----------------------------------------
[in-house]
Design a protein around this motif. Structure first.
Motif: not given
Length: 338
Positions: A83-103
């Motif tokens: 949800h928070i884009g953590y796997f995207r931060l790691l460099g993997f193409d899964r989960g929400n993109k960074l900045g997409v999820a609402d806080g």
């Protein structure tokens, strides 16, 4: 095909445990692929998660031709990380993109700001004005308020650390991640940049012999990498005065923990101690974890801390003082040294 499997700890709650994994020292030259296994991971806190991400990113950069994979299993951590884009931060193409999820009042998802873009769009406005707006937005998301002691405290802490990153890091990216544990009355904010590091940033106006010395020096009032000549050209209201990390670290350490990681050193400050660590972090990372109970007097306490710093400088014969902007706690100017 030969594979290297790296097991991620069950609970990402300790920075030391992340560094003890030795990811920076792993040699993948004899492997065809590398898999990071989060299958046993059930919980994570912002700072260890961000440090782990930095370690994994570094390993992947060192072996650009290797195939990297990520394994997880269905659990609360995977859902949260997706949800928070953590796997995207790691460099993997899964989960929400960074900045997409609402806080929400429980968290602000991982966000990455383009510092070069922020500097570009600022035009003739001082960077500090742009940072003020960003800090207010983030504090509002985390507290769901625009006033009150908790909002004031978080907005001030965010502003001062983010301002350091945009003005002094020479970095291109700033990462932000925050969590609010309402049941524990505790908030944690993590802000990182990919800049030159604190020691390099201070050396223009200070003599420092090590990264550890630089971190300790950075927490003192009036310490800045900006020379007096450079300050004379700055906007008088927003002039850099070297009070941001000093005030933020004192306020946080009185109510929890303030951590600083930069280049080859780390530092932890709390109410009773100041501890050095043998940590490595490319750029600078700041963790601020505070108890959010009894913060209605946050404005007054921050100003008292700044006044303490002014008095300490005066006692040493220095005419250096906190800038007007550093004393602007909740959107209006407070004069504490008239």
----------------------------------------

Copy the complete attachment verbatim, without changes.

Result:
[in-house]
Design a protein around this motif. Structure first.
Motif: not given
Length: 338
Positions: A83-103
């Motif tokens: 949800h928070i884009g953590y796997f995207r931060l790691l460099g993997f193409d899964r989960g929400n993109k960074l900045g997409v999820a609402d806080g």
């Protein structure tokens, strides 16, 4: 095909445990692929998660031709990380993109700001004005308020650390991640940049012999990498005065923990101690974890801390003082040294 499997700890709650994994020292030259296994991971806190991400990113950069994979299993951590884009931060193409999820009042998802873009769009406005707006937005998301002691405290802490990153890091990216544990009355904010590091940033106006010395020096009032000549050209209201990390670290350490990681050193400050660590972090990372109970007097306490710093400088014969902007706690100017 030969594979290297790296097991991620069950609970990402300790920075030391992340560094003890030795990811920076792993040699993948004899492997065809590398898999990071989060299958046993059930919980994570912002700072260890961000440090782990930095370690994994570094390993992947060192072996650009290797195939990297990520394994997880269905659990609360995977859902949260997706949800928070953590796997995207790691460099993997899964989960929400960074900045997409609402806080929400429980968290602000991982966000990455383009510092070069922020500097570009600022035009003739001082960077500090742009940072003020960003800090207010983030504090509002985390507290769901625009006033009150908790909002004031978080907005001030965010502003001062983010301002350091945009003005002094020479970095291109700033990462932000925050969590609010309402049941524990505790908030944690993590802000990182990919800049030159604190020691390099201070050396223009200070003599420092090590990264550890630089971190300790950075927490003192009036310490800045900006020379007096450079300050004379700055906007008088927003002039850099070297009070941001000093005030933020004192306020946080009185109510929890303030951590600083930069280049080859780390530092932890709390109410009773100041501890050095043998940590490595490319750029600078700041963790601020505070108890959010009894913060209605946050404005007054921050100003008292700044006044303490002014008095300490005066006692040493220095005419250096906190800038007007550093004393602007909740959107209006407070004069504490008239």